Interesting how some elements of IT seem to be around forever without being cracked.
I remember working with a couple of UK start-ups in the 90s on network, server and application capacity planning and automation of resource allocation etc – and the problem was that the rate of change always exceeded our capabilities to keep up with. Moving into the virtualised world just seemed to make the trick even harder.
Now, I’m not sure if IT has slowed down (surely not!) or whether the developers are simply getting smarter, but there do seem to be solutions around now to do the job. Latest example is from CiRBA – where the idea is to enable a company to see the true amount of server and storage resources required versus the amount that is currently allocated by application, department or operating division in virtualised and cloud infrastructures, not simply in static environments. The result? Better allocation and infrastructure decisions, reducing risk and eliminating over-provisioning, at least if they use it correctly!
If it resolves the ever-lasting issue of over-provisioning and the $$$$ that goes with that, then praise be to the god of virtualisation… Who’s called what exactly? So the idea with CiRBA’s new, and snappily titled, Automated Capacity Control software, is to actively balance capacity supply with application demand by providing complete visibility into server, storage and network capacity based on both existing and future workload requirements. The software is designed to accurately determine the true capacity requirements based on technical, operational and business policies as well as historical workload analysis, all of which is required to get the correct answer pumped out at the end.
So, bit by bit, it looks like we’re cracking the 2014 virtualised network management problem. Look out for an article by me on deploying and managing distributed virtualised networks in CW in the near future…
Just finished some testing at test equipment partner Spirent’s offices in glamorous Crawley with client Voipex – some fab results on VoIP optimization so watch this space for the forthcoming report – and it made me think just how different testing is now.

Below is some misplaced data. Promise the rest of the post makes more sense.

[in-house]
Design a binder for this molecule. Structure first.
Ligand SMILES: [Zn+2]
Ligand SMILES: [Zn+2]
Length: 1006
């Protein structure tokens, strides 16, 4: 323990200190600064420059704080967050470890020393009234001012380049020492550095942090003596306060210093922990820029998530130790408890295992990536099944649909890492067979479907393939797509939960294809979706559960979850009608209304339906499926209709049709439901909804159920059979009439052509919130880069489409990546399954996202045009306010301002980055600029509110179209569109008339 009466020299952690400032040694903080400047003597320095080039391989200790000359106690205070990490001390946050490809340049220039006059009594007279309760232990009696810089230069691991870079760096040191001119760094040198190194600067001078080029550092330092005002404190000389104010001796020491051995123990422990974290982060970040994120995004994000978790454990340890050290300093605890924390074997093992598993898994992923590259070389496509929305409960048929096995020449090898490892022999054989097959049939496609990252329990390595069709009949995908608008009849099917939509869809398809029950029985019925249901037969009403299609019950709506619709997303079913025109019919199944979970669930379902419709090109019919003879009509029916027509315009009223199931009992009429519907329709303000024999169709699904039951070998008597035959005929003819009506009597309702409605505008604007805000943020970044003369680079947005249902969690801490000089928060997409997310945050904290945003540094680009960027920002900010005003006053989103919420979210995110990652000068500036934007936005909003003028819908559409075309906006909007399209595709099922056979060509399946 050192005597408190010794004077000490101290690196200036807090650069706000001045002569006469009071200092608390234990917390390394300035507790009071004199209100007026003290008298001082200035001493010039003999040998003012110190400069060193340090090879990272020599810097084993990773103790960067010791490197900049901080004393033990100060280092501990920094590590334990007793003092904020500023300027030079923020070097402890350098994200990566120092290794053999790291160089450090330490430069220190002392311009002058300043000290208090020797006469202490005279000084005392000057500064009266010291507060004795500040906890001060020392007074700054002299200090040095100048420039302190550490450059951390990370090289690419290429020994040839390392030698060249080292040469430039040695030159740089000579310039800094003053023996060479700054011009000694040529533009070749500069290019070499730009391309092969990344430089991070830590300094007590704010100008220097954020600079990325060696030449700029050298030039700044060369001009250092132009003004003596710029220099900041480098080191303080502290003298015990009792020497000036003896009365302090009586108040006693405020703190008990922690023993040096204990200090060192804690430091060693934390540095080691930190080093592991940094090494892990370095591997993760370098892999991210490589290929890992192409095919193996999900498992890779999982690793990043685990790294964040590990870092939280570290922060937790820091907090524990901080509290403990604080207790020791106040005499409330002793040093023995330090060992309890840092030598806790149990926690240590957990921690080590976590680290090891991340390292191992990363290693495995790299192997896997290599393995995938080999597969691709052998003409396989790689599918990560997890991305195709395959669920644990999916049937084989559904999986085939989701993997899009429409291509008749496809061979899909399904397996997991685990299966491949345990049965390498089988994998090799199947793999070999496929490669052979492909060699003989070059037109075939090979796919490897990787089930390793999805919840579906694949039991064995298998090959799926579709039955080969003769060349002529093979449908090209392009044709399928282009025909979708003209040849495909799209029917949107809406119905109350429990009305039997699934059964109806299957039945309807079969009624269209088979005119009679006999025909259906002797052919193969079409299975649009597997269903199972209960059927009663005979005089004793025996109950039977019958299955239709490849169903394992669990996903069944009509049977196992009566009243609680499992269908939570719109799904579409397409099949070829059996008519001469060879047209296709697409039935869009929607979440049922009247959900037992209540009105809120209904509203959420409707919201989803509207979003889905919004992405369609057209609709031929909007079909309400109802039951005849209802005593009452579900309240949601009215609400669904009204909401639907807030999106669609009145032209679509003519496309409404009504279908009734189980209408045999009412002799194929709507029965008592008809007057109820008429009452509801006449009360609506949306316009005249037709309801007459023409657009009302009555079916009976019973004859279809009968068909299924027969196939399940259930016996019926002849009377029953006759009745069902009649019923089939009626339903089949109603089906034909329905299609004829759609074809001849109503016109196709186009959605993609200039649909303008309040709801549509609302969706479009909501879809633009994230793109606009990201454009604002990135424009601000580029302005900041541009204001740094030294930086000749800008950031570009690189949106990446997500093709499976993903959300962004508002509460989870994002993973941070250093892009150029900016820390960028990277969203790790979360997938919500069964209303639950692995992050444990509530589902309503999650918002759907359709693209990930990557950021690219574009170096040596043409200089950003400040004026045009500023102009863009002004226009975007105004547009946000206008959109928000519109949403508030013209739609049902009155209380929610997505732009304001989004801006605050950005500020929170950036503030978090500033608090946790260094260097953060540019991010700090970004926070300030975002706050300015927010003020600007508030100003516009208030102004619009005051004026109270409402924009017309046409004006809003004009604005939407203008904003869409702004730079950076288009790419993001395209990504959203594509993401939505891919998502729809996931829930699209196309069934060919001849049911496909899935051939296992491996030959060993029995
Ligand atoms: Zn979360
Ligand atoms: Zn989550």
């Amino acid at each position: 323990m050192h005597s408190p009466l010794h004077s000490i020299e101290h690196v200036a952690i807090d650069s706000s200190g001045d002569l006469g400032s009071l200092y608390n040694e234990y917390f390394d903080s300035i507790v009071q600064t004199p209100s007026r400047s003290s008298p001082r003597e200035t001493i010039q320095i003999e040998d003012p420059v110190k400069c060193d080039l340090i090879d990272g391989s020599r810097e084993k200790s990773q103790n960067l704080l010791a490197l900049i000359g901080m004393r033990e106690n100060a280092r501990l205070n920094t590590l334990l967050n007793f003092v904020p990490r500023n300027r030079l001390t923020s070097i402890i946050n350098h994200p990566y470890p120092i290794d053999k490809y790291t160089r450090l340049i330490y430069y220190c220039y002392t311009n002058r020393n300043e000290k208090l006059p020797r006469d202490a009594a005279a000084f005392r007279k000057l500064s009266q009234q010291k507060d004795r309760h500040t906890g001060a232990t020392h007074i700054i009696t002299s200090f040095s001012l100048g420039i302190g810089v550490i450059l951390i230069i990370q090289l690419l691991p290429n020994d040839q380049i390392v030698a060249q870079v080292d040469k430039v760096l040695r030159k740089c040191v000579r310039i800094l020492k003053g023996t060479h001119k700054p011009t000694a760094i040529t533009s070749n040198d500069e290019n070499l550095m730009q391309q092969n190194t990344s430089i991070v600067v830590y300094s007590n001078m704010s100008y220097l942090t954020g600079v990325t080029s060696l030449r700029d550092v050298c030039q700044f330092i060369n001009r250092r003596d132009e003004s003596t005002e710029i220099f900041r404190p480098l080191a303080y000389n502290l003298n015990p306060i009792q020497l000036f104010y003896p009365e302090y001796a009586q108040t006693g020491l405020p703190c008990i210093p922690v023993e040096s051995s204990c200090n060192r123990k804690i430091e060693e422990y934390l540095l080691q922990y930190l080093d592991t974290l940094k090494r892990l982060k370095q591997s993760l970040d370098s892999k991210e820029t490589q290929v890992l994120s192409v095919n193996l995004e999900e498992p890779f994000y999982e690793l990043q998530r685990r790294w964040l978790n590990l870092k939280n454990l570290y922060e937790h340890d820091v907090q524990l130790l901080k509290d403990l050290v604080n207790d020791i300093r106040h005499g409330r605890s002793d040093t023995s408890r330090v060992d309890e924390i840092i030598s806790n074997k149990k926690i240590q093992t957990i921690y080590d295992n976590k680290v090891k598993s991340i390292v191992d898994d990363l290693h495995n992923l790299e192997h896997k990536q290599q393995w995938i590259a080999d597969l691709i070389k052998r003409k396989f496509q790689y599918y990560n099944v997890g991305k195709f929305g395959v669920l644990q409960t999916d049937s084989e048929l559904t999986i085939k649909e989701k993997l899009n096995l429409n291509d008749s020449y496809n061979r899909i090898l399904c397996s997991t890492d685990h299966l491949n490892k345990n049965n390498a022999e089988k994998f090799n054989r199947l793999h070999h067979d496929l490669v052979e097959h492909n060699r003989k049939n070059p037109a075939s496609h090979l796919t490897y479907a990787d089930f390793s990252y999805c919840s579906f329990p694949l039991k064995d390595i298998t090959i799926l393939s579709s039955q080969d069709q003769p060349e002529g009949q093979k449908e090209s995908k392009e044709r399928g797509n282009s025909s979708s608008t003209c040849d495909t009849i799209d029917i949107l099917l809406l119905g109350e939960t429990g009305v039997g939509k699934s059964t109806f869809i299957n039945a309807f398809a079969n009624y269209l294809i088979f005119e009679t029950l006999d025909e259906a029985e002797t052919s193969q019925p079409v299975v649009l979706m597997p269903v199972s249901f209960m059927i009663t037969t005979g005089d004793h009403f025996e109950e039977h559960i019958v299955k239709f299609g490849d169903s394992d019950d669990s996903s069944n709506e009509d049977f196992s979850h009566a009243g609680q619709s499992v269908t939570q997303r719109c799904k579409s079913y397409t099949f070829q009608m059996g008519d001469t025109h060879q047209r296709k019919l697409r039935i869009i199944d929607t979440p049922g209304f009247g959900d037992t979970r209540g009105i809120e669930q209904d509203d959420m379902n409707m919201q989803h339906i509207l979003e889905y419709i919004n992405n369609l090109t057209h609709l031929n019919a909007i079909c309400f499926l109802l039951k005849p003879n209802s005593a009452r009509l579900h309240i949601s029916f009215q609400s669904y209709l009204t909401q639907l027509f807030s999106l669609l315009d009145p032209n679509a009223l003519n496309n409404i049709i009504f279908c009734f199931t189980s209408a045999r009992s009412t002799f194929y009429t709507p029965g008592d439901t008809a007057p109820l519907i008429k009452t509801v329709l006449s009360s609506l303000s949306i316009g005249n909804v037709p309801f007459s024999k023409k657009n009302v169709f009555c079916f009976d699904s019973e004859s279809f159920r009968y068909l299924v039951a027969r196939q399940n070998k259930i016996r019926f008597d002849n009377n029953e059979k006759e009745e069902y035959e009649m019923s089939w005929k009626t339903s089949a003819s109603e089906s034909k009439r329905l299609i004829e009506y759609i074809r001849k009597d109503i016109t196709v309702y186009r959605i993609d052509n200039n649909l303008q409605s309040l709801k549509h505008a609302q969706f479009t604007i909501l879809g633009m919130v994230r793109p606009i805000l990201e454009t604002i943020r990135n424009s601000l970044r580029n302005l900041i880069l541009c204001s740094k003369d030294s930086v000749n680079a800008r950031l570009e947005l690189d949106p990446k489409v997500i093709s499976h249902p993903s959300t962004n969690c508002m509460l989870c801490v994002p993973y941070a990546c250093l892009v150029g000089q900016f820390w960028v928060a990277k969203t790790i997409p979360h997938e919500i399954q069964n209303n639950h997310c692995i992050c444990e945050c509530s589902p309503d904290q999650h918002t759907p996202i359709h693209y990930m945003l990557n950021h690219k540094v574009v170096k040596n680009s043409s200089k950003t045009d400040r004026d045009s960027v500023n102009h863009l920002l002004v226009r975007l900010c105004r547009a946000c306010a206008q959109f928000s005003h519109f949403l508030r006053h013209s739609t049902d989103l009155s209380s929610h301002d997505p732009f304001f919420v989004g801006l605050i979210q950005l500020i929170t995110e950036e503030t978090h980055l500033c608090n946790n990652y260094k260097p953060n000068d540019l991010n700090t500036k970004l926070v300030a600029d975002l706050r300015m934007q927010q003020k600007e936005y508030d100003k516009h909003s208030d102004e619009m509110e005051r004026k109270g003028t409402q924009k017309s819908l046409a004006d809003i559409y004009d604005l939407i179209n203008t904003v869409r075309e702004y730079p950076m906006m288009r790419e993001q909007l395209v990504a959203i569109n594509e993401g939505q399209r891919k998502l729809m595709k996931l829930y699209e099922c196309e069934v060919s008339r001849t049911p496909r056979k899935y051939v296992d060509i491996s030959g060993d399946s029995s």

In the old days of Ethernet switch testing and the like, it was all very straightforward. Now, however, we’re in the realms of multiple layers of software all delivering optimisation of one form or another, such as the aforementioned Voipex, but equally with less obviously benchmarked elements such as business flow processes. Yet we really do need to measure the impact of software in these areas in order to validate the vendor claims.
One example is with TIBCO – essentially automating data processing and business flows across all parts of the networks (so we’re talking out to mobile devices etc) in real-time. Data integration has always been a fundamental problem – and requirement – for companies, both in terms of feeding data to applications and to physical devices, but now that issue is clearly both more fundamental, and more difficult, than ever in our virtual world of big data = unorganised chaos in its basic form.
TIBCO has just launched the latest version of its snappily-named ActiveMatrix BusinessWorks product and the company claims that it massively increases the speed with which new solutions can be configured and deployed, a single platform to transform lots of data into efficiently delivered data and lots of other good stuff. In a Etherworld that is made up of thousands of virtual elements now, and that is constantly changing in topology, this is important stuff.
As TIBCO put it themselves, “Organisations are no longer just integrating internal ERP, SaaS, custom or legacy applications; today they’re exposing the data that fuels their mobile applications, web channels and open APIs.” Without serious management and optimisation that’s a disaster waiting to happen.